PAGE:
“Since planning began this past summer, the NPS had been wholly cooperative,” said Ken Kidd, a spokesperson for the LGBT organizers. “This abrupt turn-around, as well as the NPS distancing itself from this event, is more evidence of the Trump administration’s campaign to reduce LGBT people to second-class American citizens. It’s no coincidence that this comes on the heels of Attorney General Sessions’s support of religious rights over LGBT civil rights.”

Trump, shows a crowd at Colorado campaign rally an upside down Rainbow flag. Upside down flags are a sign of distress. An omen of things to come (Trump campaign Instagram)

Despite the change in flag stewardship, the dedication will go forward at 12:00 Noon on Wednesday at Stonewall National Monument, located in Christopher Street Park in New York’s Greenwich Village.

The park, dedicated a National Monument by the Obama administration, the first such LGBT site so dedicated, is located on the corner of Christopher Street and 7th Avenue South.

The event will be emceed by Gay USA television co-host Ann Northrop. Performers will include Telly Leung, who plays the title role in Disney’s “Aladdin on Broadway” and Cantor Steve Zeidenberg of Congregation Beit Simchat Torah. Speakers will be Leslie Cagan, co-organizer of the 1987 March on Washington for LGBT Rights, Kiara St. James, Executive Director of New York Transgender Advocacy Group, and LGBT and AIDS activist Michael Petrelis, who spearheaded this initiative.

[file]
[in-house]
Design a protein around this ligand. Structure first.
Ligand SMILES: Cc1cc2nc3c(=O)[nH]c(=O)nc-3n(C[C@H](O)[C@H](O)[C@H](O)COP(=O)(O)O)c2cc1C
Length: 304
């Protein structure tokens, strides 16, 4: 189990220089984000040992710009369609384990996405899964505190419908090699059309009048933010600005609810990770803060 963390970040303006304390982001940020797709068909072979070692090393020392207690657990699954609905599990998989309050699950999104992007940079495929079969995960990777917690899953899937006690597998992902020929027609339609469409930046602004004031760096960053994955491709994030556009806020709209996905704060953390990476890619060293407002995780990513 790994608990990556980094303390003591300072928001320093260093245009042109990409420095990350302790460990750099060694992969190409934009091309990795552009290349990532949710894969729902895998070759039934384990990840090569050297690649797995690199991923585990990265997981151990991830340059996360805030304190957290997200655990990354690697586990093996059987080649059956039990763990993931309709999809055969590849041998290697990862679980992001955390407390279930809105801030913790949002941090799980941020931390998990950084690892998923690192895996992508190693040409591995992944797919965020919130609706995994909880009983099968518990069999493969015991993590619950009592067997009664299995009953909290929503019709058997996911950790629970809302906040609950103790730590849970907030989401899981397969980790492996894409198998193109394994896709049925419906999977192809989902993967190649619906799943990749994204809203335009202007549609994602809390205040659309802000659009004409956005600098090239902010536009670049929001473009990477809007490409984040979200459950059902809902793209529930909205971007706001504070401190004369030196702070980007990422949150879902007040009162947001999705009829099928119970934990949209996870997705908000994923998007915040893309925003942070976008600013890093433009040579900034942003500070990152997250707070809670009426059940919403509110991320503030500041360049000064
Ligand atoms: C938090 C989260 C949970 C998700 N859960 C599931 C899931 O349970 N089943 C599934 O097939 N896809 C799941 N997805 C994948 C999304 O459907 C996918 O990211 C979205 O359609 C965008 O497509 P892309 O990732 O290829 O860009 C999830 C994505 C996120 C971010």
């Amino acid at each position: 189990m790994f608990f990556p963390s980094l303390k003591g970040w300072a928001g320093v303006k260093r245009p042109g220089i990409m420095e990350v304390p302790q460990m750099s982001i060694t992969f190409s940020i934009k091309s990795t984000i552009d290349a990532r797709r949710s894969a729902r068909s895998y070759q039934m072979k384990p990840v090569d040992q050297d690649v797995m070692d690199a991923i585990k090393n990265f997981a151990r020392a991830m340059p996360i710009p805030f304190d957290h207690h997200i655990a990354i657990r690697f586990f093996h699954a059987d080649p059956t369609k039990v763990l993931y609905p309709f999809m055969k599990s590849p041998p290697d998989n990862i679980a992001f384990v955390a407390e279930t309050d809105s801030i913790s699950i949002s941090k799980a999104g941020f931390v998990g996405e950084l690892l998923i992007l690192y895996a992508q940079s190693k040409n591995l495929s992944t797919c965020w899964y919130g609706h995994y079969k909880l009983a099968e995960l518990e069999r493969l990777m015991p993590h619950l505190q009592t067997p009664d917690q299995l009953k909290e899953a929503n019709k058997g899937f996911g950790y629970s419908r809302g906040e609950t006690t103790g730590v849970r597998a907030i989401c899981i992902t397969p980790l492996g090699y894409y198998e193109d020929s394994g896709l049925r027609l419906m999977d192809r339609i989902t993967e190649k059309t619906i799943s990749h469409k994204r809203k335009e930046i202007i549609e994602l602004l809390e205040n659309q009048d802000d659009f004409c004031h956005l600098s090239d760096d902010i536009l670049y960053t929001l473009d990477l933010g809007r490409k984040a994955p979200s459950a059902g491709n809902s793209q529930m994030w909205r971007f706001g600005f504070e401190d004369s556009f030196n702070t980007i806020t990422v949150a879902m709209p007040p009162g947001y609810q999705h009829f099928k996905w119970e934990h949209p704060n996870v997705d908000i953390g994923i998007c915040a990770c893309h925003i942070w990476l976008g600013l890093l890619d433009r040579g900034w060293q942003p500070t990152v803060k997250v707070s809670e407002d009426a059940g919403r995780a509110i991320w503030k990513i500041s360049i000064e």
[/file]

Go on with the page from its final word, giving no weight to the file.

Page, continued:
Ann Northrop, co-host of GAY USA who will preside over the dedication, told Gay City News, “This is an unbelievably petty, sleazy, transparent bit of cruelty by the Trump administration. Evidently, we are so filthy to them and their right-wing supporters that they can’t even be associated with a few yards of rainbow fabric”

“It is a victory for our Community to have these symbolic colors flying majestically over our Stonewall, designated as a National Monument by President Obama, even as our LGBTQ brothers and sisters are under attack by the current regime in power,” said Petrelis.

October 11 also marks the thirtieth anniversary of the historic 1987 March on Washington for Lesbian & Gay Rights–when the NAMES Project AIDS Quilt was unfurled on the National Mall. The date also marks the annual National Coming Out Day, inviting the LGBTQ community to live their lives openly.

The flag, originally designed in 1978 by the late artist and activist Gilbert Baker, consists of six stripes: red, orange, yellow, green, blue, and violet.

Support for the ceremony is being generously provided by Broadway Cares/Equity Fights AIDS. BC/EFA helps men, women and children across the country and across the street receive lifesaving medications, health care, nutritious meals, counseling and emergency financial assistance. broadwaycares.org

Gilbert Baker died in New York City on March 31 at the age of 65. Memorials to the internationally known activist were held across the globe in subsequent weeks.

The Stonewall Inn was added to the National Register of Historic Places in 1999.